THE AMBOY DUKES

THE AMBOY DUKES

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THE AMBOY DUKES (1965–75). Bob Lenhert (vocals, replaced by John Drake, Rusty Day), Ron Medeiros (guitar, replaced by Ted Nugent), Gary Hicks (guitar, replaced by Steve Farmer), Dick Treat (bass, replaced by Bill White, Greg Arama), Gail Uptadale (drums, replaced by Dave Palmer), Rick Lober (keyboards, replaced by Andy Soloman).

THE AMBOY DUKES

THE AMBOY DUKES

The Amboy Dukes were a psychedelic rock group from Detroit, Michigan, that pioneered a proto-metal and psychedelic combination. They are perhaps best known as being the first band to give exposure to young guitarist Ted Nugent, who chafed under the restrictions of the band. The Nuge, who did not partake in the drinking, drugging, and chemical abuse of the band, nevertheless was able to translate the band’s chemically fueled leaning into spectacular solos on epic guitar workout, such as “Journey to the Center of Your Mind,” where Nugent cut loose on a psychedelic metal solo that would have made the British band Hawkwind proud. After fights over musical direction with Farmer (who wrote the lyrics, while Nugent wrote the music) the band members left one by one, and for several years Ted Nugent kept the band going as “Ted Nugent and the Amboy Dukes” to diminishing returns, before he retired the name and released his first solo record in 1975. The Amboy Dukes will be remembered primarily for being the birth caul of Ted Nugent, but their better and harder rocking songs such as “Journey” and “Why is a Carrot More Orange than an Orange?” are psychedelic classics. There are also many bootlegs and compilations available not listed here on various record companies, usually of questionable quality, and Nugent fans are urged to find the earlier releases.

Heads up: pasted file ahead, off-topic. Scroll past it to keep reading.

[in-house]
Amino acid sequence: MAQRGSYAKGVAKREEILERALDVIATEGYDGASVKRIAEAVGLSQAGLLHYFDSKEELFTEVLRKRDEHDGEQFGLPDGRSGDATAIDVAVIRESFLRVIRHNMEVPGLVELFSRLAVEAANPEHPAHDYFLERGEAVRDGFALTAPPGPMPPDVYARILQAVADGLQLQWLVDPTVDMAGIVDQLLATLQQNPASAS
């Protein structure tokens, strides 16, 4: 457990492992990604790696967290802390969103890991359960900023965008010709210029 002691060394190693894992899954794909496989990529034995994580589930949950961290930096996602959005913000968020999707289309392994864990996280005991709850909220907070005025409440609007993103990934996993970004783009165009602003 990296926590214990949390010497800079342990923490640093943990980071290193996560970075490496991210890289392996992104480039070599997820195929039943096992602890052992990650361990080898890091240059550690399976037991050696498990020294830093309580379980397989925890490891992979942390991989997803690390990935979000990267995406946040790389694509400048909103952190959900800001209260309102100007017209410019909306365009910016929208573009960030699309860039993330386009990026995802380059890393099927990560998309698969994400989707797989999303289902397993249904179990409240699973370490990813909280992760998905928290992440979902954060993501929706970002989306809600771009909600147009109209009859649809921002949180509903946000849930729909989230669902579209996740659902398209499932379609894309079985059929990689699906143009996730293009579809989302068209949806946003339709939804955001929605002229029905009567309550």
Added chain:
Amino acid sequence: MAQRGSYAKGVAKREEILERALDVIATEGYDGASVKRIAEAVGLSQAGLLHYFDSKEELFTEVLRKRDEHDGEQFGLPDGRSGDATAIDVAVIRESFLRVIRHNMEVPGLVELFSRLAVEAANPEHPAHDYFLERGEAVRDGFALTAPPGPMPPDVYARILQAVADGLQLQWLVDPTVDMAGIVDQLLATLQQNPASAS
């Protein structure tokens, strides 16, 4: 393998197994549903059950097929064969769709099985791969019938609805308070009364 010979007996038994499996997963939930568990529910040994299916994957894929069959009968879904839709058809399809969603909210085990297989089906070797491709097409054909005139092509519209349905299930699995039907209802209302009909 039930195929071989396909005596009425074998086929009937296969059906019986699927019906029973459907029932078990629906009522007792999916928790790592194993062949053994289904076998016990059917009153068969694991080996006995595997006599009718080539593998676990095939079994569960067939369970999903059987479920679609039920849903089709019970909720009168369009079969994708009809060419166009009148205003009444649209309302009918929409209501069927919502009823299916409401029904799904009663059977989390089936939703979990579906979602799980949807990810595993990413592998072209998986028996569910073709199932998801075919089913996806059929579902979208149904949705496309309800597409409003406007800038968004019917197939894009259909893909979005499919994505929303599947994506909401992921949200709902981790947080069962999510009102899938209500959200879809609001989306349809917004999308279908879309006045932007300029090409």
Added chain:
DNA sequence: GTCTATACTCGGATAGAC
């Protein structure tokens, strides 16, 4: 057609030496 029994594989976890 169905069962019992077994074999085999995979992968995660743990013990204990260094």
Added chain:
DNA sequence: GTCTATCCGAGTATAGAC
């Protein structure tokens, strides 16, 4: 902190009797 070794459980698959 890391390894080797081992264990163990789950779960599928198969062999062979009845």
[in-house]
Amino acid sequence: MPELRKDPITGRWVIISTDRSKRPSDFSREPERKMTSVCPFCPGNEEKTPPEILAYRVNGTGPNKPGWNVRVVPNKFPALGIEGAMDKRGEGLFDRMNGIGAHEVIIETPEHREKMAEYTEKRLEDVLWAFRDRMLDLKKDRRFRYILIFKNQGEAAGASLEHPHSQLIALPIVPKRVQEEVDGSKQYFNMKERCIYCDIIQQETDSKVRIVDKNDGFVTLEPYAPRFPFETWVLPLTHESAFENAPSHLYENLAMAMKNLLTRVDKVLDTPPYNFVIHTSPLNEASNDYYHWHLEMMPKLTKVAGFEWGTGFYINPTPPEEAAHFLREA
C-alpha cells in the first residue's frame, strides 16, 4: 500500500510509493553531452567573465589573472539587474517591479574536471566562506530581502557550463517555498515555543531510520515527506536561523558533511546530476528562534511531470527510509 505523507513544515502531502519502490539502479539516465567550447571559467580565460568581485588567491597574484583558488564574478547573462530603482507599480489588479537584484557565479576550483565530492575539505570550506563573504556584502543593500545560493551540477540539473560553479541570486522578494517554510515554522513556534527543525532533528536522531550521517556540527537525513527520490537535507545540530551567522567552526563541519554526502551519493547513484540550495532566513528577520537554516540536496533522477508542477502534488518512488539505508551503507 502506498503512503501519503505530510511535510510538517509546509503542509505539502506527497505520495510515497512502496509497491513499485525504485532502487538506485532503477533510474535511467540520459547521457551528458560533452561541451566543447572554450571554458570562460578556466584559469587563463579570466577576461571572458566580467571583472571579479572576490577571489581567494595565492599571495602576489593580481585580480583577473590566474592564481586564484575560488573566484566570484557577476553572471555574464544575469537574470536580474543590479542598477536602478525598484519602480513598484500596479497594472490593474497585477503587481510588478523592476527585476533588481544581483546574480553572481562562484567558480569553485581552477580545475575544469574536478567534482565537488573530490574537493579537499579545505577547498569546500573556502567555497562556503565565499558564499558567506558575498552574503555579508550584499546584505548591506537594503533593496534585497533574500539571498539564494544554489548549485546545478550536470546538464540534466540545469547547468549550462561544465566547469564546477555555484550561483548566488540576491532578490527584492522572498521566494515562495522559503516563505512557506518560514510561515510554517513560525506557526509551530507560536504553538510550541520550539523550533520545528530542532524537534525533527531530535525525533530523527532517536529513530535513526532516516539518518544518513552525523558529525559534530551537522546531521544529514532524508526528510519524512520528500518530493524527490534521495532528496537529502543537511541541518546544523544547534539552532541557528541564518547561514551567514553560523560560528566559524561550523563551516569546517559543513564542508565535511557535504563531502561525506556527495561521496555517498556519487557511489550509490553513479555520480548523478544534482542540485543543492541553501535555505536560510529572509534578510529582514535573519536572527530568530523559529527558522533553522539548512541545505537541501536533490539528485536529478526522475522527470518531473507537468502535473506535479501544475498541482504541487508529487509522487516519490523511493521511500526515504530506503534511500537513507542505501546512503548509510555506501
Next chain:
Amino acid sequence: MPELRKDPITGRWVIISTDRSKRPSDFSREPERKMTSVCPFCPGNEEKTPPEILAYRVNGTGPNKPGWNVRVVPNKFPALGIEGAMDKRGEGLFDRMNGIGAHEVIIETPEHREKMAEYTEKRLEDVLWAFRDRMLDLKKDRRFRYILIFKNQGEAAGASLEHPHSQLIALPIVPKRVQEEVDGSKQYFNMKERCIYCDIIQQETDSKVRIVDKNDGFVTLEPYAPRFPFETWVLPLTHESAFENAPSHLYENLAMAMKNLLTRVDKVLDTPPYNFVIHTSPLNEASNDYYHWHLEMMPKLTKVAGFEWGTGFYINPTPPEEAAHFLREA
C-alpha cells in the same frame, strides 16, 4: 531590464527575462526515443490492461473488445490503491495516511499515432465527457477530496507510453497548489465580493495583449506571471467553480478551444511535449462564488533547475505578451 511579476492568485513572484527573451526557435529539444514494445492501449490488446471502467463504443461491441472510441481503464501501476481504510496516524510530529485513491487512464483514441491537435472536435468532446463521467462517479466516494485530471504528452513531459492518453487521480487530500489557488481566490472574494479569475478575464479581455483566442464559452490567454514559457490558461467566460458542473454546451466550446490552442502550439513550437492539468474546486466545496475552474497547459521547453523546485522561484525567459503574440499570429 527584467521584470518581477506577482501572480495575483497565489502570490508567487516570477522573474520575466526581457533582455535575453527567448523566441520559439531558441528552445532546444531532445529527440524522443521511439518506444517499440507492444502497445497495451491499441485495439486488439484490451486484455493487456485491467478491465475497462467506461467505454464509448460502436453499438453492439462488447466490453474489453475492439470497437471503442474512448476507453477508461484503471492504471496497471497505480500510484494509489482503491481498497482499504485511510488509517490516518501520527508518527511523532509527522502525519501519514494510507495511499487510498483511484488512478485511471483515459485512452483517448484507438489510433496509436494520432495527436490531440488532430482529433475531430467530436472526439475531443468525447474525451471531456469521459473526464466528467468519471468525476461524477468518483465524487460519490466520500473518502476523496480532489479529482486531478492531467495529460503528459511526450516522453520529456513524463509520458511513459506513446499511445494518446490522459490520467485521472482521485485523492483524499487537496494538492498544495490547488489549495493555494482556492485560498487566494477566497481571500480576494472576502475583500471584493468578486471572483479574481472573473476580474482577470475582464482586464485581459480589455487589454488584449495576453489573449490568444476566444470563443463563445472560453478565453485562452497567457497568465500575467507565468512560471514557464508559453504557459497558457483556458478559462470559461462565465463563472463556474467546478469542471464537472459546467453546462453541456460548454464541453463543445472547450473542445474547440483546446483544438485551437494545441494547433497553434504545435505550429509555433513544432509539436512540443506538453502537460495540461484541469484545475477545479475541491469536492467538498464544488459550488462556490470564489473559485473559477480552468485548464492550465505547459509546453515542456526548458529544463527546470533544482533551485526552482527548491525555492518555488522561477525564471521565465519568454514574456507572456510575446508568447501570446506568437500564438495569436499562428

Discography: As the Amboy Dukes: The Amboy Dukes (Repertoire, 1967); Journey to the Center of the Mind (Repertoire, 1968); Migration (Repertoire, 1969); As Ted Nugent and the Amboy Dukes: Survival of the Fittest Live at the Eastown Theater Detroit (Polydor, 1971); Call of the Wild (Discreet, 1973); Totoh, Fang & Claw (DiscReet, 1974).